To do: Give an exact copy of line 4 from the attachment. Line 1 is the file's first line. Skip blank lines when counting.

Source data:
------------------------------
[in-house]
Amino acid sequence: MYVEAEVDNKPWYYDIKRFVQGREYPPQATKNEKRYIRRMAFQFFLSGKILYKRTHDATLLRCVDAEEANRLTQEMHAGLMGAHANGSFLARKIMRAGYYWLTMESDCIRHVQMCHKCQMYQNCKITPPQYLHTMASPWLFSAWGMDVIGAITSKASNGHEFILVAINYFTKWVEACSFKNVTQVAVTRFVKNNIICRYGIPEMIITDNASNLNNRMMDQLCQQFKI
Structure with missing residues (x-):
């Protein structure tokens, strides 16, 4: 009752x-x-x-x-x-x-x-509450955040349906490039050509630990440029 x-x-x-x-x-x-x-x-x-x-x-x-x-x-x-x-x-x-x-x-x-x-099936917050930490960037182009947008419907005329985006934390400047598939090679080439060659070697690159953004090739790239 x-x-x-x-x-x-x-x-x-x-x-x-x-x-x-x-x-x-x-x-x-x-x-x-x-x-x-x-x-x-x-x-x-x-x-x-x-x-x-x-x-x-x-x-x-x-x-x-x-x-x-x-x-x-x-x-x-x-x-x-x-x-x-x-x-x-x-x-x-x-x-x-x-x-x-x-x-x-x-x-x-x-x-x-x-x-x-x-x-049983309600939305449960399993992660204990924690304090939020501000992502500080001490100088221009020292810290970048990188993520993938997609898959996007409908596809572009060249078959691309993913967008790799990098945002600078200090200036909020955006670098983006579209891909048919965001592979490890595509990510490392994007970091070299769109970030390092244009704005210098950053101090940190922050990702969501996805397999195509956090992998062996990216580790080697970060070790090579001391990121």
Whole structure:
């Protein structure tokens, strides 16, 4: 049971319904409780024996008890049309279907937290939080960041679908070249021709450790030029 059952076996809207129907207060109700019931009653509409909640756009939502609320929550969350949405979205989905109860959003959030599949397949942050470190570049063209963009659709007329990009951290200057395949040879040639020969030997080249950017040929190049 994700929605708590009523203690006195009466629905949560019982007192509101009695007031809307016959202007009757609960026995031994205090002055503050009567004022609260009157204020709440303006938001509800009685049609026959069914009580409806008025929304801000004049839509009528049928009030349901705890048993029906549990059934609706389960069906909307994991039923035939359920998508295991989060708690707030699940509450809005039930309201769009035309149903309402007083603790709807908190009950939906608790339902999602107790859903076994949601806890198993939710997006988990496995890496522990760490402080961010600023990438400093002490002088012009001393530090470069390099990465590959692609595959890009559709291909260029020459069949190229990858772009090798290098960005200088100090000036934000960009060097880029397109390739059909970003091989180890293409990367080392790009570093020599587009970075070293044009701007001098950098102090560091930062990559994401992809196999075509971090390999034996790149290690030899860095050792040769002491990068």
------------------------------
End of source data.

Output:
């Protein structure tokens, strides 16, 4: 009752x-x-x-x-x-x-x-509450955040349906490039050509630990440029 x-x-x-x-x-x-x-x-x-x-x-x-x-x-x-x-x-x-x-x-x-x-099936917050930490960037182009947008419907005329985006934390400047598939090679080439060659070697690159953004090739790239 x-x-x-x-x-x-x-x-x-x-x-x-x-x-x-x-x-x-x-x-x-x-x-x-x-x-x-x-x-x-x-x-x-x-x-x-x-x-x-x-x-x-x-x-x-x-x-x-x-x-x-x-x-x-x-x-x-x-x-x-x-x-x-x-x-x-x-x-x-x-x-x-x-x-x-x-x-x-x-x-x-x-x-x-x-x-x-x-x-049983309600939305449960399993992660204990924690304090939020501000992502500080001490100088221009020292810290970048990188993520993938997609898959996007409908596809572009060249078959691309993913967008790799990098945002600078200090200036909020955006670098983006579209891909048919965001592979490890595509990510490392994007970091070299769109970030390092244009704005210098950053101090940190922050990702969501996805397999195509956090992998062996990216580790080697970060070790090579001391990121």